by Maria Taylor
When the Attorney General George Brandis calls opponents of big mining proposals “vigilantes” and Prime Minister Tony Abbott calls them “saboteurs” or Industry Minister Ian McFarlane says the environmentalists want to destroy our economy, (as these politicians did in federal parliament in past weeks), it’s not just “ a pathetic thought bubble” as Labor’s Mark Butler called it.
In fact there is method to the crude name-calling (will it be terrorists next?). It’s part of a familiar strategy to divide ‘us and them’ that has been operating since the 1990s: part of a fairly successful propaganda campaign aimed at keeping Australians quiet and confused on climate change action.
The objective is to demonise and marginalise opponents of the fundamentalist free market economic narrative in Australia (neo-liberal theories we call economic rationalism).
From the early 1990s under the Keating federal government and coming to full flower under Howard after 1996 and continuing, the economy versus the environment narrative has included a solid wall of opposition to restructuring Australia’s domestic energy systems away from fossil fuels at any level, while defending a fossil fuel export economy dominated by coal interests. However, even some market economists have noted the economic opportunities in acting now to set up more benign energy alternatives and the mounting downstream costs of delay.
In the neo-liberal worldview that guides modern capitalism and its political and media amplifiers, fossil fuels are dominant players in ‘the market’. We’re told ‘the market’ is perfect and self-regulating and resists ‘intervention’ (read regulation and change in the public interest). The ideology has proven an ideal partner for the self-interest of multi-national fossil fuel conglomerates.
The ‘need to stick with fossil fuels in the national interest’ narrative overran a now largely forgotten history in this country of an early will to act differently. In tandem with other countries, and accepting the clear science messages of the risks posed to everyone in society by accumulating greenhouse gases, Australian states and territories were drafting action plans as early as 1989 and Australia had a draft emission reduction target of 20% below 1988 levels by 2005.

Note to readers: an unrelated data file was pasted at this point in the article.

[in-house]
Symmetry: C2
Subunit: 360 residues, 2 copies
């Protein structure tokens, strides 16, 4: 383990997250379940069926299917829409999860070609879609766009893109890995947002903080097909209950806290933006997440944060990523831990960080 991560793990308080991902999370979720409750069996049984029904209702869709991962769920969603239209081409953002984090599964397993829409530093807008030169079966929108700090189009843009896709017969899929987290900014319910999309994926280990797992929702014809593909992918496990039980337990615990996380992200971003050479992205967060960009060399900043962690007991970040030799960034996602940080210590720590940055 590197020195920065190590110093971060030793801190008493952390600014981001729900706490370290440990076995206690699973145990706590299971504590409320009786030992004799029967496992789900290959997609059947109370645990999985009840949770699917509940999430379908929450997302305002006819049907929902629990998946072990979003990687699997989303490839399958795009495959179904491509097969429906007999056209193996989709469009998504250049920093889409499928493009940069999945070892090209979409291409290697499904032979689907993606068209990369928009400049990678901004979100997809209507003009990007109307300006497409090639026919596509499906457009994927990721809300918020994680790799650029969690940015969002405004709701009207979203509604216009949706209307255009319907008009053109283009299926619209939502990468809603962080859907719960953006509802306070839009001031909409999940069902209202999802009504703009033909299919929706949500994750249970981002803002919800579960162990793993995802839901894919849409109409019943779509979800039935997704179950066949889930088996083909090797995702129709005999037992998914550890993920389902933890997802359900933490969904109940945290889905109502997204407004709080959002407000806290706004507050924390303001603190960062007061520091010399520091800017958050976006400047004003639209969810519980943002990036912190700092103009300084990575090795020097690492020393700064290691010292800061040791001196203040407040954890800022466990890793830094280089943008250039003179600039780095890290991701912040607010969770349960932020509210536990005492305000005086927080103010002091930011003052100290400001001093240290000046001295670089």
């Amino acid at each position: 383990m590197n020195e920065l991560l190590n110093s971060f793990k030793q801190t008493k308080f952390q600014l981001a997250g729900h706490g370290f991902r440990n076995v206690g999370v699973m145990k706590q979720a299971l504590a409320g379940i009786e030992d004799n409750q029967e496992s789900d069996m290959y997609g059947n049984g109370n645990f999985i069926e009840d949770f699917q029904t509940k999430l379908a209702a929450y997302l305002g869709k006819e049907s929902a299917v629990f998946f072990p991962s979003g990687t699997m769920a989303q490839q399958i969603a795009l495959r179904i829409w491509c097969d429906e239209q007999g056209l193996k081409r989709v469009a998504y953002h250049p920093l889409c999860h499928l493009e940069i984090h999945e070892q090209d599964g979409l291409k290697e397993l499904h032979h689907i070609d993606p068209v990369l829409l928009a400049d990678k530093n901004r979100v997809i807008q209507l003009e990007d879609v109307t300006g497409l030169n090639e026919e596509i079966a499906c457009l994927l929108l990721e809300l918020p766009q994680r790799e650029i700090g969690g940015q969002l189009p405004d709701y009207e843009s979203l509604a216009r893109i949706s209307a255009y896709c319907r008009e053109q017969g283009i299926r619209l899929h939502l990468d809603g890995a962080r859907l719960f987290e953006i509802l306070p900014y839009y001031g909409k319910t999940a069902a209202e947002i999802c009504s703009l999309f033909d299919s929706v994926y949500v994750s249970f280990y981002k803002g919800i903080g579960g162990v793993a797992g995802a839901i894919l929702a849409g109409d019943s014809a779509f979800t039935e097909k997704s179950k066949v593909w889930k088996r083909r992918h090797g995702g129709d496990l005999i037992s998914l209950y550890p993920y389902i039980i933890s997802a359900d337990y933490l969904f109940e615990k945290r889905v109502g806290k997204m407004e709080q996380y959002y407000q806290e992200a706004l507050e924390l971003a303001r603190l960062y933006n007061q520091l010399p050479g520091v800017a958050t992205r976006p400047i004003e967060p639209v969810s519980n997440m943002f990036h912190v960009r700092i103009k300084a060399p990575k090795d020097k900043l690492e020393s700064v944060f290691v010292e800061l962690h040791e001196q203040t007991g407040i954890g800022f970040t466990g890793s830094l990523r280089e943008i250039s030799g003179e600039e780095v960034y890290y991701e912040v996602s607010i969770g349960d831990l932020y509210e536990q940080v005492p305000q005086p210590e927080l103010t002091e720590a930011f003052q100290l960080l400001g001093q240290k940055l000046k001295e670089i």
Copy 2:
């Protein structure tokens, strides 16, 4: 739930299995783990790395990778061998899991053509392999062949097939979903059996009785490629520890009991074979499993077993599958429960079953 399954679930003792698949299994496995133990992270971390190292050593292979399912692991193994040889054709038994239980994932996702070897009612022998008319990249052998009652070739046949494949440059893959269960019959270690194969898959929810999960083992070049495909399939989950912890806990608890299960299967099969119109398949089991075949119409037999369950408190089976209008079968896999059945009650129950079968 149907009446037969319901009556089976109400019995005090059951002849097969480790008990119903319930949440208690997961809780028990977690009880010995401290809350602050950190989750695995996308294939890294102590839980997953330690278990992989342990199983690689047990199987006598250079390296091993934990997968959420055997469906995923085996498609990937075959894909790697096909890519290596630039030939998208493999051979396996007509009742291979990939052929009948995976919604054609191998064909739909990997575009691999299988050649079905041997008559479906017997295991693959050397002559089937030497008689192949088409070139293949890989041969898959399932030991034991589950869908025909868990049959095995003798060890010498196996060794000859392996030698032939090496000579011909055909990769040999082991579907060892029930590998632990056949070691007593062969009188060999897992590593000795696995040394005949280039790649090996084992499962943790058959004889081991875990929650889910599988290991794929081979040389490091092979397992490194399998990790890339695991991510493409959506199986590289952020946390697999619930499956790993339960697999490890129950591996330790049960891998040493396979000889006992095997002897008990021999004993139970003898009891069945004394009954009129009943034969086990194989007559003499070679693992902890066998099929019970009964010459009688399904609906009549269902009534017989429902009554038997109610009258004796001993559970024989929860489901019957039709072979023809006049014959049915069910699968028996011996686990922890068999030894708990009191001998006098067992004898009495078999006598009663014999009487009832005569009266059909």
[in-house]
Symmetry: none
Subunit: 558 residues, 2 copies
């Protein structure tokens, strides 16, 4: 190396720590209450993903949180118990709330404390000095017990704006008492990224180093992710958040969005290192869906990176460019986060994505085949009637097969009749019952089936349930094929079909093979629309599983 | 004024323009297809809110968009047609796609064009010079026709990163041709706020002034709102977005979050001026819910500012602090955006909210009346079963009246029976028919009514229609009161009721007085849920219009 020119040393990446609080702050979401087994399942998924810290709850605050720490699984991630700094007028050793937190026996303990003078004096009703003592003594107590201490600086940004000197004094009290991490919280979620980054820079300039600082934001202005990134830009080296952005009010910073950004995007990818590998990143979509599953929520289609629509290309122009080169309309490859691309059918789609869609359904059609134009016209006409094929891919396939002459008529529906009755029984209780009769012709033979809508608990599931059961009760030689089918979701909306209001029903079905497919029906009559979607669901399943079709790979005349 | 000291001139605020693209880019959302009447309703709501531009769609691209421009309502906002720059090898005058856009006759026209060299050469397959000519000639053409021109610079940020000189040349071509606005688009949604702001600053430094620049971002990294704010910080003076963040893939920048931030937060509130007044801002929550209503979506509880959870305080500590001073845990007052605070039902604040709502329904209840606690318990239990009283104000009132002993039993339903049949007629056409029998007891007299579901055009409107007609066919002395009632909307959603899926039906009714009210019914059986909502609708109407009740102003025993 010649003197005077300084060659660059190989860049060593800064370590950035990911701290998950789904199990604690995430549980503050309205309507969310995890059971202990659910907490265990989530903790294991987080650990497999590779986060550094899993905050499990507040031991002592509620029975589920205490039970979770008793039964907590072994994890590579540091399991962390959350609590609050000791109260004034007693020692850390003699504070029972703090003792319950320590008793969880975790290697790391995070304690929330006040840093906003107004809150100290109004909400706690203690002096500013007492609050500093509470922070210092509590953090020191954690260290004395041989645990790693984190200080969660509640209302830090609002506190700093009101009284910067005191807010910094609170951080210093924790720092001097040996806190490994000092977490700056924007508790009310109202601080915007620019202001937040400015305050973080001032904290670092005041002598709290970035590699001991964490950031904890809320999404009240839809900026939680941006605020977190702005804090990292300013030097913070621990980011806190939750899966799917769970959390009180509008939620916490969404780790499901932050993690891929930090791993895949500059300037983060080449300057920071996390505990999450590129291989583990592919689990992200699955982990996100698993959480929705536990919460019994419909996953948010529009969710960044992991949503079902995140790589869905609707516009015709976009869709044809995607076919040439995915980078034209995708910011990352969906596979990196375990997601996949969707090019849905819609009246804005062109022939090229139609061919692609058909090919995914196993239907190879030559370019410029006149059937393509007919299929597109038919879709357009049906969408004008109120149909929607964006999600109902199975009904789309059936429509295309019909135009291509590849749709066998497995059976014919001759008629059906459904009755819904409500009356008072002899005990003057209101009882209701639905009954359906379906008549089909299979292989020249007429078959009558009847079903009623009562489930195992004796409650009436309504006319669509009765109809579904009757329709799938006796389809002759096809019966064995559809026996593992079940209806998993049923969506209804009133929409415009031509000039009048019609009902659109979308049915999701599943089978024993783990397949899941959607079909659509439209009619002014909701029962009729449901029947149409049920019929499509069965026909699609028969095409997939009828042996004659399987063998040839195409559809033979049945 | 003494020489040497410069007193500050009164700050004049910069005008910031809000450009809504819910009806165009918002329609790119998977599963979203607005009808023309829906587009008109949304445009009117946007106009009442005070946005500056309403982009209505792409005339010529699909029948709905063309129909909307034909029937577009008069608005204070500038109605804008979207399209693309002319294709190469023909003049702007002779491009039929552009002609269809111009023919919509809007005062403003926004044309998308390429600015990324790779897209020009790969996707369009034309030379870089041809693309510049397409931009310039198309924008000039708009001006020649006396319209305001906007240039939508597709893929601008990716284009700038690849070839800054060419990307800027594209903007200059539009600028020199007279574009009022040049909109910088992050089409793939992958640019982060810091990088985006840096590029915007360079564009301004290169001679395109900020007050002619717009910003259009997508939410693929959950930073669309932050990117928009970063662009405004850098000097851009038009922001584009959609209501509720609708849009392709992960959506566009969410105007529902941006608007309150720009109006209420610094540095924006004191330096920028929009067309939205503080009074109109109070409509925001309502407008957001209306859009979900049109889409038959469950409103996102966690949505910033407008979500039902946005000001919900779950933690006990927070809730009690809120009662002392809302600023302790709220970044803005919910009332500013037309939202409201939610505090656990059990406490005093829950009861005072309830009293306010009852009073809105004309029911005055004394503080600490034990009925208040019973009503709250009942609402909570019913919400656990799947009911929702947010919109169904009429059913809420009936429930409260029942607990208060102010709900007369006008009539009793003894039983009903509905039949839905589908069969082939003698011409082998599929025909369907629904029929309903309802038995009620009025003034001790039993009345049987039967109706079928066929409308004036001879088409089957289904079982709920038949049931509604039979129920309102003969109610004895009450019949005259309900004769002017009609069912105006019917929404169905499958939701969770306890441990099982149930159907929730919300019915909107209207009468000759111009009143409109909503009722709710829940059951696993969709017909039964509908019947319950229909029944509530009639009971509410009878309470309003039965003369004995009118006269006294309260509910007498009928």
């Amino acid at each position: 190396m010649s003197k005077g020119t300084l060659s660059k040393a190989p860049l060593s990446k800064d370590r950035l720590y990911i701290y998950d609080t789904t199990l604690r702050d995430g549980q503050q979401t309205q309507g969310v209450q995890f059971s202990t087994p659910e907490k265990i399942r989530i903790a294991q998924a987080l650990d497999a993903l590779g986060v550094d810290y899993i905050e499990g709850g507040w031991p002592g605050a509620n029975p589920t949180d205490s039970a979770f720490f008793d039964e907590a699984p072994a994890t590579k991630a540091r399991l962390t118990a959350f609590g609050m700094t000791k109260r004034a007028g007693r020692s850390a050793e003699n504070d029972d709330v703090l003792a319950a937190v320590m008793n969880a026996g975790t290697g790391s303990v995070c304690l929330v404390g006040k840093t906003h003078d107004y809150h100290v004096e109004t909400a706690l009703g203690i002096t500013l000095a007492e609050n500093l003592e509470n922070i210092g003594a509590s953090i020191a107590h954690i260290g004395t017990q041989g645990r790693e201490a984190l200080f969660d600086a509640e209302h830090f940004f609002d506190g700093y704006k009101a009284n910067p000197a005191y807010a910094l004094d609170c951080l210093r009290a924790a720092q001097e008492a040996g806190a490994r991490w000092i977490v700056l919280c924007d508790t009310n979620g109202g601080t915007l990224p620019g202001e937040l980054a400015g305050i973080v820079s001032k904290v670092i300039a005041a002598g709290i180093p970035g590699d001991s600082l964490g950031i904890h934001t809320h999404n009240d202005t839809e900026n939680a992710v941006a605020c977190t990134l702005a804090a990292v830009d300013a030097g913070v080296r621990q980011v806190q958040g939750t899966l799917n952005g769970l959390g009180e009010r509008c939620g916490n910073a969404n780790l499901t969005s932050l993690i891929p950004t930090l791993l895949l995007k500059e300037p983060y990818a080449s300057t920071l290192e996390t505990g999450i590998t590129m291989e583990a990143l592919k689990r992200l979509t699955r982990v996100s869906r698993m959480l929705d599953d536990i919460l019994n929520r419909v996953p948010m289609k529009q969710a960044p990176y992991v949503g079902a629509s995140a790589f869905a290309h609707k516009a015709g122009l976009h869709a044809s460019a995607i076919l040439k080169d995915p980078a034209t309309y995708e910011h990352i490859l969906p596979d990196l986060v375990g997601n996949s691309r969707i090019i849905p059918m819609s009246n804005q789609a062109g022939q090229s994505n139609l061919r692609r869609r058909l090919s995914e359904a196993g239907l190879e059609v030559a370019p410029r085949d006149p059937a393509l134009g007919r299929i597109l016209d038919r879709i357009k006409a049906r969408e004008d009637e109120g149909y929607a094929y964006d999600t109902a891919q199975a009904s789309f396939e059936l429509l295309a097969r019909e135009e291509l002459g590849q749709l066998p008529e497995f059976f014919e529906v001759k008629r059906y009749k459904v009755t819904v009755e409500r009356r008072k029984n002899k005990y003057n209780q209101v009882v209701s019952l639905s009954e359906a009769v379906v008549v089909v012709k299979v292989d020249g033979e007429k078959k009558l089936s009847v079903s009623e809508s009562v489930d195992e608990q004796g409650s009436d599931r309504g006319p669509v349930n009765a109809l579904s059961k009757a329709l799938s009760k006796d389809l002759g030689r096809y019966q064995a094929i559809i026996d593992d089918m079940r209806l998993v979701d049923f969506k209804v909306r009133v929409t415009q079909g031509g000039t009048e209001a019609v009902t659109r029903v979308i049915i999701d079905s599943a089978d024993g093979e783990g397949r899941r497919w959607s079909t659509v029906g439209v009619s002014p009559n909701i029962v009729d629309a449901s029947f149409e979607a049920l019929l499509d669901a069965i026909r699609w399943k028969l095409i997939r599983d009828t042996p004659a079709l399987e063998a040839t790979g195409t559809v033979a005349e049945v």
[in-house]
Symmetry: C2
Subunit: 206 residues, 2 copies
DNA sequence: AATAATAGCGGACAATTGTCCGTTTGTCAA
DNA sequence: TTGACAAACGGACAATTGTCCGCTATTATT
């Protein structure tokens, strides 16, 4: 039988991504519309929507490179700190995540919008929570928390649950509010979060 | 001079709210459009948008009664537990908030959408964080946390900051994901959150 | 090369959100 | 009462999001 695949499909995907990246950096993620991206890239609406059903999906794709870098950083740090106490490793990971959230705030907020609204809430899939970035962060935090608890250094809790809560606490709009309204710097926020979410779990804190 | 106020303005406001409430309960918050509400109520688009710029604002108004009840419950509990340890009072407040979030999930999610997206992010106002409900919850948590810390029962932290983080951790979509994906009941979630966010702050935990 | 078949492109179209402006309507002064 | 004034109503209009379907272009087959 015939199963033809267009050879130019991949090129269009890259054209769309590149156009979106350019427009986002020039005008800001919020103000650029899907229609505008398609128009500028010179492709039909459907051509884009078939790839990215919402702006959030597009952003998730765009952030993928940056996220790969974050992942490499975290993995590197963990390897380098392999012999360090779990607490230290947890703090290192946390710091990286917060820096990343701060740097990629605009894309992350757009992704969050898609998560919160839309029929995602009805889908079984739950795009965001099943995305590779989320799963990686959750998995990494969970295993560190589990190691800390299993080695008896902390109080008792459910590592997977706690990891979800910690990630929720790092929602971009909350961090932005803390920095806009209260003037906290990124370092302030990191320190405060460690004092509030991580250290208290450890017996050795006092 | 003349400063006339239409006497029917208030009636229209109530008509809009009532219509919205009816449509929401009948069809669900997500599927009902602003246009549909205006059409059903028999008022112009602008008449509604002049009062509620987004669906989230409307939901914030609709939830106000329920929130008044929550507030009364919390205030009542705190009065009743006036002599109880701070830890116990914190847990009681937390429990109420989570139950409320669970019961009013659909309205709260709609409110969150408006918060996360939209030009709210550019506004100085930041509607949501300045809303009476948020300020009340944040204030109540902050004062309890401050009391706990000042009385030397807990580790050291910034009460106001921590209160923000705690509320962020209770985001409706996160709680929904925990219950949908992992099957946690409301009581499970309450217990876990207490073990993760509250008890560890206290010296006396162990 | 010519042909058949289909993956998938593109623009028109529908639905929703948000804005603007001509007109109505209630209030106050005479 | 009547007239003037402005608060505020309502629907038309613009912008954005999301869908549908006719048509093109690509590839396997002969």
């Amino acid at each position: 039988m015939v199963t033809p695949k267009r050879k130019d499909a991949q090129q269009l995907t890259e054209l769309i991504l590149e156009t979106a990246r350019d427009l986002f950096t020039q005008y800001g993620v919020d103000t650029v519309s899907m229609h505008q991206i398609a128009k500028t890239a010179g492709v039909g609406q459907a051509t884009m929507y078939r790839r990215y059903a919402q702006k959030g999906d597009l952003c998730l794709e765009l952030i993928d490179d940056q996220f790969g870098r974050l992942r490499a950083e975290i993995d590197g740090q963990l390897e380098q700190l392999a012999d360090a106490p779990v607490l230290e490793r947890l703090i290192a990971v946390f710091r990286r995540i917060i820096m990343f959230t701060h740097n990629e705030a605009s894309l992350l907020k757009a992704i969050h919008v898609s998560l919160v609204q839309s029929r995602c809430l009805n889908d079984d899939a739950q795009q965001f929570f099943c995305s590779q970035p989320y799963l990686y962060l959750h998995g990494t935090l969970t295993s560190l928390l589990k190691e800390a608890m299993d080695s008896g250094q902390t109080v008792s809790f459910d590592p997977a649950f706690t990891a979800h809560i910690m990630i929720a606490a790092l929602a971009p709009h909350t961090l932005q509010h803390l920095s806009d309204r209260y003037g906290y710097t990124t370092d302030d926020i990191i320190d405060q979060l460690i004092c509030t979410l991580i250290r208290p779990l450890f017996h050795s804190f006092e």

A well-credentialed 1989 book even claimed that Australia was arguably the best informed nation on the planet about the risk of global warming and climate change. Then the story changed for the public.
“Familiar messages of cost, can’t afford to think about risk”
The ideas behind the disinformation campaign and the attacks on those who would discuss global warming and climate change have been refined by culture warriors in think tanks like the Institute of Public Affairs, by public relations gurus advising coal companies and politicians, by a bevy of radio opinion jocks, and by voices in News Limited publications in every capital city and nationally. In a constricted media landscape economic rhetoric overran science and cost totally replaced risk in this narrative.
Action on climate change costs too much, it will hurt the economy, multi-nationals will leave, every family will suffer through job losses and higher taxes. Anyway the science is uncertain and is pushed by self-serving scientists seeking grants and greenies trying to destroy Australian lifestyles. There are limitless resources and the world needs them. Don’t worry technology will save us once we have dug everything up.
These messages aimed at the Australian heartland were supported by a tried and true (since the tobacco wars) strategy of ‘wheel in a sceptic scientist’. In Australia this was not resisted even by non-News Limited media. So the country was subjected to a phony national debate about whether global warming and climate change are real and involve burning fossil fuel s. In tandem there grew the demonization of those who championed the environment or scientists who spoke of consequences.
“Public relations tips to keep public uncertain”
‘Us and them’ propaganda methods were perfected by public relations consultants like US pollster Frank Luntz who developed whole manuals for politicians in the early naughties on how to combat calls for action on climate change. He advised that a winning strategy was stoking the fires of uncertainty and to have professional sceptic scientists do the stoking. He advised his clients that as long as the public believed there was no scientific consensus there would be no call for action.
He said the narrative had to be about us and them, differentiating the mainstream from environmental activists and by implication pitting our family, our nation against ‘them’. Other themes were: “the right decision, not a quick decision”; “voluntary innovation and experimentation are preferable to bureaucratic or international intervention and regulation”; “fairness” – why should we take action and not those other countries?
And so it has come to pass.
Dr Maria Taylor is the author of Global warming and climate change: what Australia knew and buried…then framed a new reality for the public, published by ANU Press and available as a free download or as a paperback.